Surpassing Righteousness Explained – The Sermon on the Mount – Part III


In Matthew 5:21-48 of the Sermon on the Mount, Jesus is going to explain what it means to have surpassing righteousness.  He will walk through six commandments that the Pharisees commonly teach from the Law and show how mere adherence to a legal code has never been able to fulfill the Law.  Instead, obedience to the Law was always intended to flow out of the heart.  Surpassing righteousness means not only being obedient to the Law, but also having that obedience flow out of a righteous heart.

I think it is important to see that Jesus is not giving a new Law nor is He making the Law harder by saying it is about our heart condition, as is popularly taught.  Rather, He is correcting the errant way in which the Pharisees and Scribes thought about the Law.  God always intended the Law to be followed from the heart, but God’s people needed a change of heart to actually be able to follow the Law from the heart.  Christ fulfillment of the Law (Matthew 5:17) in the most basic sense is a life conformed to the Law and a demonstration of proper heart condition.  Christ also fulfills God’s law in several other ways, most importantly by taking the penalty for our sin that the Law prescribed.  Christ also fulfills the Law by becoming the ultimate sacrifice that the Law was pointing toward through the sacrificial system.  When we join ourselves with Christ, we fulfill the Law through His righteousness and receive a new heart that can begin to be obedient to the Lord from the heart.  Take a quick look at the following verses in Deuteronomy to see the way in which the Law was always intended to be followed from the heart: Deuteronomy 4:29, Deuteronomy 4:39, Deuteronomy 5:29, Deuteronomy 6:4-6, Deuteronomy 10:12, Deuteronomy 10:16, Deuteronomy 11:13, Deuteronomy 11:16, Deuteronomy 11:18, Deuteronomy 13:3, Deuteronomy 26:16, Deuteronomy 30:2, Deuteronomy 30:6, Deuteronomy 30:10, Deuteronomy 32:46.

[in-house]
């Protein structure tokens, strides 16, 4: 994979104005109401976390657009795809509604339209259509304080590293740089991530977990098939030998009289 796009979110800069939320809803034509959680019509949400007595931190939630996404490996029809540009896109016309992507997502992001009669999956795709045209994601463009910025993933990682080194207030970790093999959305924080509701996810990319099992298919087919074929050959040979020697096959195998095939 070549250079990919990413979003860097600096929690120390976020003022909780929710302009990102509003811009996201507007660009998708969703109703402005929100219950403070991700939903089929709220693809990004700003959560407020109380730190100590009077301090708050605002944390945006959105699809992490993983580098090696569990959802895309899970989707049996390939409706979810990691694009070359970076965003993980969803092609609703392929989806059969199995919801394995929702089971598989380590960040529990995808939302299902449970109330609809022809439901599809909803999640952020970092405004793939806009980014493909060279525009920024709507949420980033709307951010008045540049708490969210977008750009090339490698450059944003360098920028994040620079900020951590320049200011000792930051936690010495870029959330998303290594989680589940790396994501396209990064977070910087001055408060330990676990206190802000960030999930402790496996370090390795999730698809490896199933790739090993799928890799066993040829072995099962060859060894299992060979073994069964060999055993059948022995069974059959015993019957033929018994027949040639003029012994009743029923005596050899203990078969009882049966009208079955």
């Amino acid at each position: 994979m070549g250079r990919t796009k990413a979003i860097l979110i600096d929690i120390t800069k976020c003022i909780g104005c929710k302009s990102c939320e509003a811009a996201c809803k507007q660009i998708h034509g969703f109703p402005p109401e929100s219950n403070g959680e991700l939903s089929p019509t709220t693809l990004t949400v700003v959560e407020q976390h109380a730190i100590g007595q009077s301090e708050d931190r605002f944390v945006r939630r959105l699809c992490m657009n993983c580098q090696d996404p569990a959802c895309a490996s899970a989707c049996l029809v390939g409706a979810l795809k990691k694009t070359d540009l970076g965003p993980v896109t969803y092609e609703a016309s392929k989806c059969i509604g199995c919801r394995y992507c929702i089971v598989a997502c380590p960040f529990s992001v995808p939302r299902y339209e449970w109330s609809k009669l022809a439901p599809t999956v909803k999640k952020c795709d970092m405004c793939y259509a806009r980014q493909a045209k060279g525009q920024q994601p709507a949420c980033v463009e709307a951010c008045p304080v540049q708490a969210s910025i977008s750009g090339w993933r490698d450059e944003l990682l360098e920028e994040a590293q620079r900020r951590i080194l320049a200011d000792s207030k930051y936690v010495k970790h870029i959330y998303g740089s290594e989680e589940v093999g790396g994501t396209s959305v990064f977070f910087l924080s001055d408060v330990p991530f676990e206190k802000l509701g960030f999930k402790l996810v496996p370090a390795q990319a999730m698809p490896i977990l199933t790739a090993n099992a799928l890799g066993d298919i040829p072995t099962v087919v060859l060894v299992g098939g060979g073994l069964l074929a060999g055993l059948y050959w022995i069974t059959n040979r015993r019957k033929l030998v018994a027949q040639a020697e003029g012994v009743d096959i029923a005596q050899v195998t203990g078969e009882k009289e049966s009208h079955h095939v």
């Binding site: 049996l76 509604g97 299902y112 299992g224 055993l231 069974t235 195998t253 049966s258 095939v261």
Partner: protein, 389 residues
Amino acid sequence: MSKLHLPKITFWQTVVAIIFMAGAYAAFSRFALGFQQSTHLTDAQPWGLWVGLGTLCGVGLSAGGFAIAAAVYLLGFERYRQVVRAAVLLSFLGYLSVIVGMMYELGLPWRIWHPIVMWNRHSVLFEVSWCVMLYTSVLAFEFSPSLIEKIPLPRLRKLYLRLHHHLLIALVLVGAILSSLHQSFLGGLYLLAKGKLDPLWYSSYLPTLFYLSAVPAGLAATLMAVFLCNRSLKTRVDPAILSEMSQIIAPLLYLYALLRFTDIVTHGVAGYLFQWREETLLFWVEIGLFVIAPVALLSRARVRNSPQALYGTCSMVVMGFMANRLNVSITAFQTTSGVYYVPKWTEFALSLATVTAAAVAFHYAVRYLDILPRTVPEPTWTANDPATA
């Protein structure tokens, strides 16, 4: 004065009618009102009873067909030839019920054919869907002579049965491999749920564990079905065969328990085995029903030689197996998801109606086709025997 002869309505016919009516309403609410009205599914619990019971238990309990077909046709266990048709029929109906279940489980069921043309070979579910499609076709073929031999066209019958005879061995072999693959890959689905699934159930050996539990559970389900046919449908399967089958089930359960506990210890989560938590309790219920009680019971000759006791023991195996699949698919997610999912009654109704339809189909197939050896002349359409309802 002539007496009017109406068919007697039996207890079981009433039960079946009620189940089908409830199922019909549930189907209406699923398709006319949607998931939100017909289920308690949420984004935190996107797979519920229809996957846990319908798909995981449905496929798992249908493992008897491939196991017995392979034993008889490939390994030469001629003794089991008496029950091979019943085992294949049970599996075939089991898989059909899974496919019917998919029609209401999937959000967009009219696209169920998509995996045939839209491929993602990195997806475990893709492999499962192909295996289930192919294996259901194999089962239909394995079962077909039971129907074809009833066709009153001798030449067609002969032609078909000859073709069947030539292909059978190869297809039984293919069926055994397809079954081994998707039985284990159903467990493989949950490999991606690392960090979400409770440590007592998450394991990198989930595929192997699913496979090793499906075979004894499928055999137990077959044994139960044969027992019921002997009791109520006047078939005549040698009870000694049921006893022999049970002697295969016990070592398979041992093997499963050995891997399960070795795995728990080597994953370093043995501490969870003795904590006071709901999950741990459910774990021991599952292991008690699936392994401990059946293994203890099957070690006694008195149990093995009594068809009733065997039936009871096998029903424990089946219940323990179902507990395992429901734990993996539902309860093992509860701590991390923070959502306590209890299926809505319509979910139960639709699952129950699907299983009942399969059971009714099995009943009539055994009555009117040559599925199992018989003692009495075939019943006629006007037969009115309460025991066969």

In Matthew 5:21-26 Jesus deals with murder.  The command not to murder comes from Exodus 20:13 and Deuteronomy 5:17.  In Matthew 5:21-22 Jesus tells his disciples it is not good enough to not physically kill people.  Instead, their hearts have to be clean from murder in the form of anger, hatred, slander, and disrespect.  In fact this offense is Hell worthy (Matthew 5:22).  In addition the way we murder others with our heart affects our worship.  Matthew 5:23-24 tells us that we need to have reconciled with those we have something against before we come to worship the Lord.  We should let this command of Christ sink deep into our modern-day church psyche.  Every time a church body meets together its members should consider the ways they have wronged each other and work towards reconciliation before participation in worship.  We see this same theme throughout Paul’s letters as he stresses the unity of believers, particularly when believers take part in communion.  At my church we particularly like to urge members to be reconciled to each other before taking communion even if that means getting up out of your seat and walking over to another brother and confessing sin.  Finally, in Matthew 5:25-26 Christ uses a court room metaphor to urge us to right all offenses we have against anyone as soon as we can so that we might not face the just penalty.  I think it is hard not to see in these two verses a comparison to the coming judgment of Christ, although some scholars disagree.  In total, this section of the Sermon helps us to understand the magnitude of the offense of sin in general.

In Matthew 5:27-29 Jesus deals with adultery.  The command against adultery comes from Exodus 20:14 and Deuteronomy 5:18.  Again, Jesus is showing that it is not good enough to not have sex with someone who is not your spouse.  Rather, surpassing righteousness means that you are not lustfully looking upon anyone.  Jesus follows this commandment up with one of most ironic and funny explanations on the seriousness of sin in the Bible.  In Matthew 5:29-30 He speaks of cutting off the body part that makes us sin because it is more important to not be thrown into hell than to enter heaven maimed.  Now if that isn’t funny in light of what Jesus just taught on adultery, I don’t know what is!  Point taken.